SALAD GETS SKEWERED ON STAGE
The old adage is that the way to a man’s heart is through his stomach. (We know, in those ugly ancient days, it meant dutiful women had to slave away in the kitchen making his dinner.) Let’s be serious, the way to all of our hearts is through our stomach. Though lately, this path has been sabotaged by good intentions.
This all became clear in the recent Women’s Voices Theater Festival in DC, when playwright Sheila Callaghan took on food and body image in the world premiere of Women Laughing Alone with Salad. Washington Post critic Peter Marks sums up this tasty morsel perfectly: “The eating of salad…is a metaphor for all of the unpleasant activities women undertake in service of some unattainable ideal of feminine physical perfection.” As lettuce leaves literally fall from above, the women portray what we all know: if I just eat this kale, my life will be oh so perfect. He sums up the evening, noting the moment when the star is devouring “mushy red vegetable as if it were a hot fudge sundae” with a cherry on top: “That level of comic energy really does take the cake.”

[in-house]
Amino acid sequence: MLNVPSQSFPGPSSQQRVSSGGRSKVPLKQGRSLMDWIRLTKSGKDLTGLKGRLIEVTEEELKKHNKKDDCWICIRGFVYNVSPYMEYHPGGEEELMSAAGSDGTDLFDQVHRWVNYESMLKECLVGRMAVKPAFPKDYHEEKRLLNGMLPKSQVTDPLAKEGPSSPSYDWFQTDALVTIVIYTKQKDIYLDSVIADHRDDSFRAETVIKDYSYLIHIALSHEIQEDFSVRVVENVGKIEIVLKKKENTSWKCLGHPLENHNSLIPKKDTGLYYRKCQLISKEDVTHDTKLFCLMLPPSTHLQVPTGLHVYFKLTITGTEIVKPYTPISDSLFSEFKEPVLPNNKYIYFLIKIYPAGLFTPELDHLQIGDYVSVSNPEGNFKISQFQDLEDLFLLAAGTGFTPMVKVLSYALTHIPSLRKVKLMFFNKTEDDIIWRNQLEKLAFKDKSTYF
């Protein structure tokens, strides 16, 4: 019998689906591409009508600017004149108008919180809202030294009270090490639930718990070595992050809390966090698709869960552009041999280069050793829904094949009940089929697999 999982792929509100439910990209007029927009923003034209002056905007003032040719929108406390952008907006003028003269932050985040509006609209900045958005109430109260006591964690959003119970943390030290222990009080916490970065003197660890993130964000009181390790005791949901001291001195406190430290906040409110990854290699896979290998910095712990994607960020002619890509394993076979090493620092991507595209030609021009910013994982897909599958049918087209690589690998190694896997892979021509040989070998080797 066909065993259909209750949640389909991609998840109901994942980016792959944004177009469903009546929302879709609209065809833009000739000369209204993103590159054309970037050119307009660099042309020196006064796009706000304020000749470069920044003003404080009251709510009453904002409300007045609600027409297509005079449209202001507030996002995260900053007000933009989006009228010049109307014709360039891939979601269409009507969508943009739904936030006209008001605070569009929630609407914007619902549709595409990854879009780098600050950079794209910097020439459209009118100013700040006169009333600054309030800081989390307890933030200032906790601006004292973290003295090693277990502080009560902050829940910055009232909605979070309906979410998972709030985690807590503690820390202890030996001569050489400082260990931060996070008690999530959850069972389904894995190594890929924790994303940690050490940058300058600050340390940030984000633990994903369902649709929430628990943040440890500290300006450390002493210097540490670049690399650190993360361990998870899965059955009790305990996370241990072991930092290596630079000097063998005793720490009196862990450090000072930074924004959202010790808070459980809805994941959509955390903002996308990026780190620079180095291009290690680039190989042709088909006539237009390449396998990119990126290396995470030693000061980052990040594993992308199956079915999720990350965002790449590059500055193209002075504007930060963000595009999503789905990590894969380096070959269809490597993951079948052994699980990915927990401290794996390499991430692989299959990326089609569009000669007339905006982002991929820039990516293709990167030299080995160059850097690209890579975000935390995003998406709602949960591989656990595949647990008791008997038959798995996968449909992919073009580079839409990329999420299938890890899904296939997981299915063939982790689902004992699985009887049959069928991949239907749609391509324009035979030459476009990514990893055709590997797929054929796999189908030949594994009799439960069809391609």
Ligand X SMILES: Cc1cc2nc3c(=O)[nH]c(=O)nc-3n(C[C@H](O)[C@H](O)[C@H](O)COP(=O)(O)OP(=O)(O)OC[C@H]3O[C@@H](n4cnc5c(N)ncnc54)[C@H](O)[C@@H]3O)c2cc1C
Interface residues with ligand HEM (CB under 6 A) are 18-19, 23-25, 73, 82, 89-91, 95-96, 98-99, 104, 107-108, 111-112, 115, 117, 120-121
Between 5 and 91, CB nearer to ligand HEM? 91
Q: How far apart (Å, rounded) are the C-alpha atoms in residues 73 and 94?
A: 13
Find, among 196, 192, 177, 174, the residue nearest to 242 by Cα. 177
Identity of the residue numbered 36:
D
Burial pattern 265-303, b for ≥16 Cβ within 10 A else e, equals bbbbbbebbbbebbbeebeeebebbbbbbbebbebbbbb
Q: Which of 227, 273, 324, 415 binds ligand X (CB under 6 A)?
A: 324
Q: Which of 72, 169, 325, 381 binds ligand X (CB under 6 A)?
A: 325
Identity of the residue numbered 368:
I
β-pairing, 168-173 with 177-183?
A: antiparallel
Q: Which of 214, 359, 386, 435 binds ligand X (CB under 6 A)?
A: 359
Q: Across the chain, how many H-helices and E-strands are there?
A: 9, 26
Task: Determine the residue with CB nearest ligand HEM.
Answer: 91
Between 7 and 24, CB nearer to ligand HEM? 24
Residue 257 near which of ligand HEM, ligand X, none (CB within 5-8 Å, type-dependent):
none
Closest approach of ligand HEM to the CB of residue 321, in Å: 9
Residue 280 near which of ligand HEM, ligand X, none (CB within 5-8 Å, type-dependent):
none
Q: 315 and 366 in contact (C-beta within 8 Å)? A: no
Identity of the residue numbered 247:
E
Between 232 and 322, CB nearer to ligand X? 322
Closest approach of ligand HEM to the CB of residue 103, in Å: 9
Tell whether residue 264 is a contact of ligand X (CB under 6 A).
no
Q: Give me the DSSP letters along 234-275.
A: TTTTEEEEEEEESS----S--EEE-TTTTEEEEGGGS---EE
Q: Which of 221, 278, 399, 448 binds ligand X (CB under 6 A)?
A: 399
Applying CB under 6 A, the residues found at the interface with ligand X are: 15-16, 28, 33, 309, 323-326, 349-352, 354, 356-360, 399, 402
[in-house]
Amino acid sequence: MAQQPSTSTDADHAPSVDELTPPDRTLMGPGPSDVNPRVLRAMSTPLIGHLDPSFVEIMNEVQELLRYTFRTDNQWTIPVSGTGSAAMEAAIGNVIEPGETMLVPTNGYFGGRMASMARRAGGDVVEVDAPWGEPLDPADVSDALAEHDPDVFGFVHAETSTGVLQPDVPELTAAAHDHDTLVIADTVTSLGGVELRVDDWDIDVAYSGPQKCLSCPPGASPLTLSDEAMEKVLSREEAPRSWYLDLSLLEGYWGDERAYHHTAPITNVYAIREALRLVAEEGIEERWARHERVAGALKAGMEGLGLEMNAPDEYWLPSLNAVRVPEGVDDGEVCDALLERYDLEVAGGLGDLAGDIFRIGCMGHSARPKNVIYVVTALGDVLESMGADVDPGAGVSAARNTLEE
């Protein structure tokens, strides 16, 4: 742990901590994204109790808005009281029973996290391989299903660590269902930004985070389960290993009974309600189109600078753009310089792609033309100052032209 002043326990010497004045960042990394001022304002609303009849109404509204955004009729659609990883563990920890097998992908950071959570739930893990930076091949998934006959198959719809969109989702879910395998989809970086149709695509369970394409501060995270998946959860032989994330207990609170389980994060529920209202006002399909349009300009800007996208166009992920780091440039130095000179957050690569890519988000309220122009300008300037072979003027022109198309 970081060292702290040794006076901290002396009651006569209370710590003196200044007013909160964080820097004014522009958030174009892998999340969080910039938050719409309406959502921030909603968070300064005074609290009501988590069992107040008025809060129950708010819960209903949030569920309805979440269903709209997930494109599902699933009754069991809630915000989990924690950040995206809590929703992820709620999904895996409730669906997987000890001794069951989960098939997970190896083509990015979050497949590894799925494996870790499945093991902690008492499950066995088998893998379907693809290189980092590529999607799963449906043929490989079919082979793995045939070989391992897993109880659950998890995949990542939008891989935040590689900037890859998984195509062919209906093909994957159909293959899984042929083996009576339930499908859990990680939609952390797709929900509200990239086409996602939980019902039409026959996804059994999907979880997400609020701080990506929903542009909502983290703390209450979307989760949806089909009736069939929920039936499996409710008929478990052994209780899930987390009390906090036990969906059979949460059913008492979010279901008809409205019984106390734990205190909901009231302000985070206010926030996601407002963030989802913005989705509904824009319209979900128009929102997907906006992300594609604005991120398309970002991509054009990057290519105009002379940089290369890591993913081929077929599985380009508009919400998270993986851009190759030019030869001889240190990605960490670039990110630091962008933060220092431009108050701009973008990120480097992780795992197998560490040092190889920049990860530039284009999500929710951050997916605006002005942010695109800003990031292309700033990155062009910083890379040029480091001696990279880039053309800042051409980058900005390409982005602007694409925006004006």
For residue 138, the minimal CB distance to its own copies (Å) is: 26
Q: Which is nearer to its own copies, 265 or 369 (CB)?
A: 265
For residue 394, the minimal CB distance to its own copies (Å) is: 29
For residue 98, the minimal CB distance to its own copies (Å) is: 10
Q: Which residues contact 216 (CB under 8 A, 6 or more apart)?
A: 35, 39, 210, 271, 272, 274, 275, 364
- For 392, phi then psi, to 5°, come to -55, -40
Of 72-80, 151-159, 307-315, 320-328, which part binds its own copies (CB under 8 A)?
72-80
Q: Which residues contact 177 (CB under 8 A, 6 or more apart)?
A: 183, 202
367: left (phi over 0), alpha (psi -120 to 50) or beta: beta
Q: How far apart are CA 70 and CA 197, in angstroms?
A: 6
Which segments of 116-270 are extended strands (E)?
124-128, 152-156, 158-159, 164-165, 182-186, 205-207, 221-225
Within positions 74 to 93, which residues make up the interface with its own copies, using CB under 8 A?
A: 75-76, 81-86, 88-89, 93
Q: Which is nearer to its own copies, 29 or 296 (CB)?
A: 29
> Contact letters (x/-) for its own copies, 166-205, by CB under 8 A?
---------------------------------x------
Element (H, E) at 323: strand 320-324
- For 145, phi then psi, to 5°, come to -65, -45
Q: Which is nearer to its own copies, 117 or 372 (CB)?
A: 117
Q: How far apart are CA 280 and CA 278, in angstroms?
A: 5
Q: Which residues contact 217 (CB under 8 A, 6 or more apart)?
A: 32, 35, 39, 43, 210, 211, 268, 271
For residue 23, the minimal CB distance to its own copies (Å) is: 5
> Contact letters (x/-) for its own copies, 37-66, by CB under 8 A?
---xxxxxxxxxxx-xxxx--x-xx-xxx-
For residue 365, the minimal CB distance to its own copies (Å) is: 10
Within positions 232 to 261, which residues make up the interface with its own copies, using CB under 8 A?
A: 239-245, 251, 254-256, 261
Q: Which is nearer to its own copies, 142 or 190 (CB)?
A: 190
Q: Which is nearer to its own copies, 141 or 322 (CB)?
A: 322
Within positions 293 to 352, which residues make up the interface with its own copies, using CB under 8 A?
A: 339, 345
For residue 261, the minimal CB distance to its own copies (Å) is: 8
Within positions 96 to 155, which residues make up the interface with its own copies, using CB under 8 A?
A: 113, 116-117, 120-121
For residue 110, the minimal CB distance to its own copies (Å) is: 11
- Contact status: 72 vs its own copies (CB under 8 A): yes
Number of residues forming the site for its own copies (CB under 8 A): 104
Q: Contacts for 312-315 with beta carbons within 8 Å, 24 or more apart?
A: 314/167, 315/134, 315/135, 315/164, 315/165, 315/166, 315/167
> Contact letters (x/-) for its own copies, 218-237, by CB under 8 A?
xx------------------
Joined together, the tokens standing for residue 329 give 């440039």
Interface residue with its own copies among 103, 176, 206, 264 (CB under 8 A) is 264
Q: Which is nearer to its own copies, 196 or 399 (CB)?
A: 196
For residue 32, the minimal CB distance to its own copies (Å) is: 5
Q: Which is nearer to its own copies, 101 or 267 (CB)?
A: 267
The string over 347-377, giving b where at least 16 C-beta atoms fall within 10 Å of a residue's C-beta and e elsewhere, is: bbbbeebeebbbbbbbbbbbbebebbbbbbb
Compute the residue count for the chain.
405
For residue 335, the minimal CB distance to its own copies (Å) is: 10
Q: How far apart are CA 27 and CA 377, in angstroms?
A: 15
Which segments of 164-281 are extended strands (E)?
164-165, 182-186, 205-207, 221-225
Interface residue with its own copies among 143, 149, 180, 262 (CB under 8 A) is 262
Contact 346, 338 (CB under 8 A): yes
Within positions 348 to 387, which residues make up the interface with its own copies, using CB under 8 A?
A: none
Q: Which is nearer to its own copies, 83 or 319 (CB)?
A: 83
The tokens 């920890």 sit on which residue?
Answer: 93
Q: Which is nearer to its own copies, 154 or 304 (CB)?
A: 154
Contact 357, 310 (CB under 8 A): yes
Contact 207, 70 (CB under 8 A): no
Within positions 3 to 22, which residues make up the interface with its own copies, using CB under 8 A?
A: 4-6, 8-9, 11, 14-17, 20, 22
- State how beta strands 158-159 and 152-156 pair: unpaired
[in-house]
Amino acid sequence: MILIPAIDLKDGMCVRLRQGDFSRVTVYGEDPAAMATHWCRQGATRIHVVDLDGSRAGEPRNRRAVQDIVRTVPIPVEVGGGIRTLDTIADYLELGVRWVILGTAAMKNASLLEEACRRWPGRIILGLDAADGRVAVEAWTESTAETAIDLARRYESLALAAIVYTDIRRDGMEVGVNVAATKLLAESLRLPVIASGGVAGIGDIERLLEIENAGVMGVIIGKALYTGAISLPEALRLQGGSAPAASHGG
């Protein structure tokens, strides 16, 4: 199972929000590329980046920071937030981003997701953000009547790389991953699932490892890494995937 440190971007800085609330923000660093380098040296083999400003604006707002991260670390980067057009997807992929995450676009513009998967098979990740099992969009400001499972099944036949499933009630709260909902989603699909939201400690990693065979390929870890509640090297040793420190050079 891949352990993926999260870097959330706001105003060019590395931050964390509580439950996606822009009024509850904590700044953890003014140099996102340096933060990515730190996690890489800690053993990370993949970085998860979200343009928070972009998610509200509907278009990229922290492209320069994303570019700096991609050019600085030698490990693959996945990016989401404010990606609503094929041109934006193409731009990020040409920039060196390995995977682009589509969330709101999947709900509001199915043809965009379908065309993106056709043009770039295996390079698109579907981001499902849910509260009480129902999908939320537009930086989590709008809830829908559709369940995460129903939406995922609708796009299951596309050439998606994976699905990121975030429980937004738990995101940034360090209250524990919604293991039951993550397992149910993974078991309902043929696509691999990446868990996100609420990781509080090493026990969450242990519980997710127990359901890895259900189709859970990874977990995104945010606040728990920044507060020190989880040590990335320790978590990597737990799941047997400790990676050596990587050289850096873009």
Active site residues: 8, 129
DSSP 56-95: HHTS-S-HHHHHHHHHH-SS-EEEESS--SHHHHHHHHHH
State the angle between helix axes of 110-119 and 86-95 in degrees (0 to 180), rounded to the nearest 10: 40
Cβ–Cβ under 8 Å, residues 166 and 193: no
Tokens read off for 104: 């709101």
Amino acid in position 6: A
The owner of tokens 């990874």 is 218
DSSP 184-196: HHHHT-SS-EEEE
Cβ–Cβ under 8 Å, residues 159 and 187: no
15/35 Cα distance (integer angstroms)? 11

Truth is, I actually like kale, though cooking it still scares me. But this fun romp does remind us of the underlying fear of food that infuses all of our lives. In my twenties, a chip or fry never passed me by. But, my 22-year-old daughter—and many millennials—relish protein infused smoothies with a dash of turmeric. Healthy gut girl that she is! She reminds me to get rid of the Splenda and opt for agave instead. I no longer worry about having the flat stomach she has but follow her helpings of advice—most of the time.
A beautifully cooked fish and side of grilled vegetables, and yes, even finely dressed kale is a wonderful thing. Will it give us our idealized bodies? Nah. But it may just find its way to our heart through our stomach after all.